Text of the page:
Is China Home to the World's Cleverest Students?
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Is China Home to the World's Cleverest Students?

Educational tests held across the world every three years are conducted by the Organisation for Economic Development and Co-operation have given the students tested in China a rating as ‘remarkable.’ The tests are conducted in reading skills, science and numeracy and in recent years have become an international benchmark for assessing the levels of the educational standards in the countries being tested.

The results of the studies show that the education system in China works and that it is fast overtaking the standards once seen as being the best in the world and leaving these western countries far behind. As China has in recent years increased its potential in terms of the economy and politically the advances made in improving its education system proves its future generations will have a significant advantage over its international competitors.

The latest findings to be released were from 2009 and those students tested from Shanghai came out on top in each of the three categories, with Hong Kong a close second. While high standards could be expected from its leading cities, the poorer and less developed areas of the country including the rural heartland all performed with a high ranking.

The results achieved showed that the students had a resilience to succeed academically despite coming from unfavourable backgrounds of poverty and not being an exclusive group existing of students originating solely from rich families. While the results from Shanghai were not unexpected those that hailed from the poorer largely farming backgrounds were a surprise to many education experts.

Education in China is expressed into its students from an early age that a good and solid education is the key to a bright future, mobility and any success that each student hopes to achieve. While China invests heavily in its future the academic achievements of these students, largely from disadvantaged backgrounds, are the envy of many of the world’s leading western countries.

The cultural differences are apparent when asked why some students succeed and others fail through the education system in the country in which they live. In Canada or the USA, students may say it is a matter of luck, lucky to be born with flair or talent to do well in mathematics or history, in many countries across Europe social heritage is important with many sons following their fathers into the same or a similar trade. In China the effort invested in studying hard leads to the level of achievement possible. The students are often left to respond to these challenges away from home and face obstacles with the resilience of knowing they can achieve success and not by blaming the inadequacies of the education system.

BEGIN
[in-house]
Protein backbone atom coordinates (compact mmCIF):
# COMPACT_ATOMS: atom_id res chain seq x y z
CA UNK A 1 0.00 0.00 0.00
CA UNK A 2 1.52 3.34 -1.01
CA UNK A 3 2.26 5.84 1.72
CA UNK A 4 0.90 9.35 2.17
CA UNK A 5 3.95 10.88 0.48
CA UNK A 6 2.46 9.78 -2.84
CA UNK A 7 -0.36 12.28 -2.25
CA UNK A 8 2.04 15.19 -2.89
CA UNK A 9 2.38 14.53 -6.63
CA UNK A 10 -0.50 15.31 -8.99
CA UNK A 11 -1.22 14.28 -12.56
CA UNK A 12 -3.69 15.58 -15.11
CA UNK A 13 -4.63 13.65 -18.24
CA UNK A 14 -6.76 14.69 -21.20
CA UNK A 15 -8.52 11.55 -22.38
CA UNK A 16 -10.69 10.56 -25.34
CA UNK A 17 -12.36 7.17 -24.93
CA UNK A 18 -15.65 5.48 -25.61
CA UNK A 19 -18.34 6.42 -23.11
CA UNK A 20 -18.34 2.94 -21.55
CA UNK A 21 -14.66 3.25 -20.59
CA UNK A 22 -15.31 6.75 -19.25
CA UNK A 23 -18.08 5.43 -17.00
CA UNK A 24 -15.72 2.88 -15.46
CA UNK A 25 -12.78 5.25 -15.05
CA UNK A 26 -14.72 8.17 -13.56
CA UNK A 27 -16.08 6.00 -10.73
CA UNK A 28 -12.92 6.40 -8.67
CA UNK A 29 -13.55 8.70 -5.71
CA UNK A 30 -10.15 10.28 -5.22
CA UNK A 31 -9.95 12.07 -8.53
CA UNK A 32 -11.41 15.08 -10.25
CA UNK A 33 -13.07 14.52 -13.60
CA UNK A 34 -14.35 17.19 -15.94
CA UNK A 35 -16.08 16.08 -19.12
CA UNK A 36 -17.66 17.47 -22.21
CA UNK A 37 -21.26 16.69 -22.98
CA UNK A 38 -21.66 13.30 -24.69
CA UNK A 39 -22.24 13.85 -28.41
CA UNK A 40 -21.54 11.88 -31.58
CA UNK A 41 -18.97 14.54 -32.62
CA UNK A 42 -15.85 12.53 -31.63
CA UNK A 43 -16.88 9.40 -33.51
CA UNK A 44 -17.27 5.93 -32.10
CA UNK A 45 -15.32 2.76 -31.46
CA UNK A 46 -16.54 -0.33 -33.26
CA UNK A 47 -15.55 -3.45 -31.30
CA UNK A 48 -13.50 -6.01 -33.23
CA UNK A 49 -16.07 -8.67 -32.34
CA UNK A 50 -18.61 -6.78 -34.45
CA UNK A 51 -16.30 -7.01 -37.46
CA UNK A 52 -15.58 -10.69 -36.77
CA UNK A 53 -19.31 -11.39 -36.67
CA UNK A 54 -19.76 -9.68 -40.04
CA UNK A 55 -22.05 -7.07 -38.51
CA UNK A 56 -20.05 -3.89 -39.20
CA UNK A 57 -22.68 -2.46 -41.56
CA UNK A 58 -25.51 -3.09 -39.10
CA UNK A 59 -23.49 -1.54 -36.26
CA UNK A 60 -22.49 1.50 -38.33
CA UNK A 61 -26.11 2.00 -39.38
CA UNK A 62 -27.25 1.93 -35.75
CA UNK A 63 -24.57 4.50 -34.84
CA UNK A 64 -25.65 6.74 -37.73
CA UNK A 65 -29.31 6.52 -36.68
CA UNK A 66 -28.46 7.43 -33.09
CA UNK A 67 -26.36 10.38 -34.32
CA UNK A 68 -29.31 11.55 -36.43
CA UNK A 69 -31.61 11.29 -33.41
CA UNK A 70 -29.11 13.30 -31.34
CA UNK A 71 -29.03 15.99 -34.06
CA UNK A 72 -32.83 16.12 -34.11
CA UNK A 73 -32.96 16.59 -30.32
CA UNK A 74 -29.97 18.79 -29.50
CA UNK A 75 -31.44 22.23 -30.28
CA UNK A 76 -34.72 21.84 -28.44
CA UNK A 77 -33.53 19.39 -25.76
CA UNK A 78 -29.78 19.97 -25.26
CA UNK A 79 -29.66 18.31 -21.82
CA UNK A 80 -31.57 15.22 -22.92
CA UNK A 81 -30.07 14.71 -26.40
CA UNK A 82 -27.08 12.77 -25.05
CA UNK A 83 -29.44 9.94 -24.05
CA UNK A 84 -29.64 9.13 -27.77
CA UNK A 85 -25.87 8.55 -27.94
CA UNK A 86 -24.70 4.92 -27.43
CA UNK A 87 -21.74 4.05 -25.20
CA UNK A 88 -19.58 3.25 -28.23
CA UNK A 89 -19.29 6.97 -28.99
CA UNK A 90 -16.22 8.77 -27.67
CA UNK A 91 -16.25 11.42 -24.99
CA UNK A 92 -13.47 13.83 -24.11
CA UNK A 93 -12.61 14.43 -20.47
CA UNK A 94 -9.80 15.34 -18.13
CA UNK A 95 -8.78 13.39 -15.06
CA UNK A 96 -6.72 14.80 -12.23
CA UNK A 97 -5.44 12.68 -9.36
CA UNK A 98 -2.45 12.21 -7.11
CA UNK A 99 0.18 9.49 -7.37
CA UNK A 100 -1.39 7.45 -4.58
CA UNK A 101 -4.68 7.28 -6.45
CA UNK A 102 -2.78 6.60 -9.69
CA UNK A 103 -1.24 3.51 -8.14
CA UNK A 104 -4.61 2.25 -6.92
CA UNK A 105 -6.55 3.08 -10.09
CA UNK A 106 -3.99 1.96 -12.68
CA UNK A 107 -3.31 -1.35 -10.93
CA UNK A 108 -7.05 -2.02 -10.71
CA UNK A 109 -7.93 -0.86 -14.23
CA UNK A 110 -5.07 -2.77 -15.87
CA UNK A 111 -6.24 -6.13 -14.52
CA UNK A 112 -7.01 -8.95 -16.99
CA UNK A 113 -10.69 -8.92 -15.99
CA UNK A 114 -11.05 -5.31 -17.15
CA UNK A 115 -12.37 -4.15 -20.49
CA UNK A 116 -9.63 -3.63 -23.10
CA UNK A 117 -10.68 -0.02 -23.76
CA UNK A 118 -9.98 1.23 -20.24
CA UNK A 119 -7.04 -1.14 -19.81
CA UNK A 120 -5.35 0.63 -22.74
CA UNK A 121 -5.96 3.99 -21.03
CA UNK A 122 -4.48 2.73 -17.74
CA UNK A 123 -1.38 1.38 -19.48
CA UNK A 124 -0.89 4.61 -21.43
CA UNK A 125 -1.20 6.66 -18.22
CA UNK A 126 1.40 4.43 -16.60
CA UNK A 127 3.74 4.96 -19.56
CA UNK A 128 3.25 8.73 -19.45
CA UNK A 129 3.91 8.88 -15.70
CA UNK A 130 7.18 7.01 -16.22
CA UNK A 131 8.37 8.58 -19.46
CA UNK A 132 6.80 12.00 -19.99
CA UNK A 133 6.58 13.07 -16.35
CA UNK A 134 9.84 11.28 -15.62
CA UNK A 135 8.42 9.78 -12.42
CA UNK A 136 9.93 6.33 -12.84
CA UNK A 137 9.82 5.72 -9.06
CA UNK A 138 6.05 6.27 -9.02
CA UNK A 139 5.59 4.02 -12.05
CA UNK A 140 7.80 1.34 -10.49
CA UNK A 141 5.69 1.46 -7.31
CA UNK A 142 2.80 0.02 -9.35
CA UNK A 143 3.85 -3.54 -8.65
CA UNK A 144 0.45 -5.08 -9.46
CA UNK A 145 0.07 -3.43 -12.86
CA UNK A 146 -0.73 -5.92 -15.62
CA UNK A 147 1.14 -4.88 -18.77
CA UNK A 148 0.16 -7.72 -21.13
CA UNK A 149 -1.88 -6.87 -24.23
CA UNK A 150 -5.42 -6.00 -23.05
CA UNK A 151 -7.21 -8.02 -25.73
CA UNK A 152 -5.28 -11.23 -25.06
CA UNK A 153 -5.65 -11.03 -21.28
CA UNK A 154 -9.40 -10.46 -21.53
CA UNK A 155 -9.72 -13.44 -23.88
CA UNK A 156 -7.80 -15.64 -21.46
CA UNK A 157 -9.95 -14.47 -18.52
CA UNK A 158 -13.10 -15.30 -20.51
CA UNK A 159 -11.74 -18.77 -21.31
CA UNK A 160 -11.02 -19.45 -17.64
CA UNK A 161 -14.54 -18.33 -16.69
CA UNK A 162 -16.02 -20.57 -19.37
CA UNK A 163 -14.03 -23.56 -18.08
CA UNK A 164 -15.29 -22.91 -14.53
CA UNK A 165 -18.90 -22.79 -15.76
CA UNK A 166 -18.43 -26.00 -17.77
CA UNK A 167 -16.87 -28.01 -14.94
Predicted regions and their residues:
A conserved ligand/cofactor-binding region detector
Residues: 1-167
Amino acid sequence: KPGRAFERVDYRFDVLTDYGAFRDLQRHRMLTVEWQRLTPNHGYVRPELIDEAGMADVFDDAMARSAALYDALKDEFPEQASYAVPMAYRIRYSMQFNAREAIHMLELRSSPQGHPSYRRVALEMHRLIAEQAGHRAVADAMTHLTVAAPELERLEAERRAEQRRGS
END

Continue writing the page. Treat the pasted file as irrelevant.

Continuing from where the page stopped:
The tests conducted were taken by 15 year old students, with 500,000 being tested across 70 countries. Since the tests began in the year 2000 the winners in the three categories tested every three years have come mainly from Asia. Before China’s dominant showing in 2009 South Korea had featured heavily as had Taipei, Japan and Hong Kong. The only non-Asian country to feature had been Finland. The USA has never featured at the top end of these tests and one response from the White House was that if another nation’s education system is greater today then that nation could be in a position to out-compete the USA tomorrow. The attitude in the USA, where once there was no interest at looking overseas, the US education authorities are now beginning to look around the world to borrow some of these ideas. Germany, once considered a prime example within Europe for its standards of education is now seen as only being average on the world’s educational ranking system.

While China has fared well out of the latest set of results, the next sets of tests are soon due to be taken with the next batch of 15 year olds from across the world. While Asian countries are being applauded for the latest results to be scrutinized the next batch of emerging countries are expected to be Brazil, Poland and Turkey.

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Comments (5)

Well done. Good research done on this topic.

Well-said. It's horrible to hear the parents around here (in the US) think their children shouldn't have to work hard in school. Sports are often given more funding than school libraries.

 I think the culture in Asia is more disciplined, hence the better results.

What an interesting topic. Nicely written as well.

Today I return with a well-deserved vote.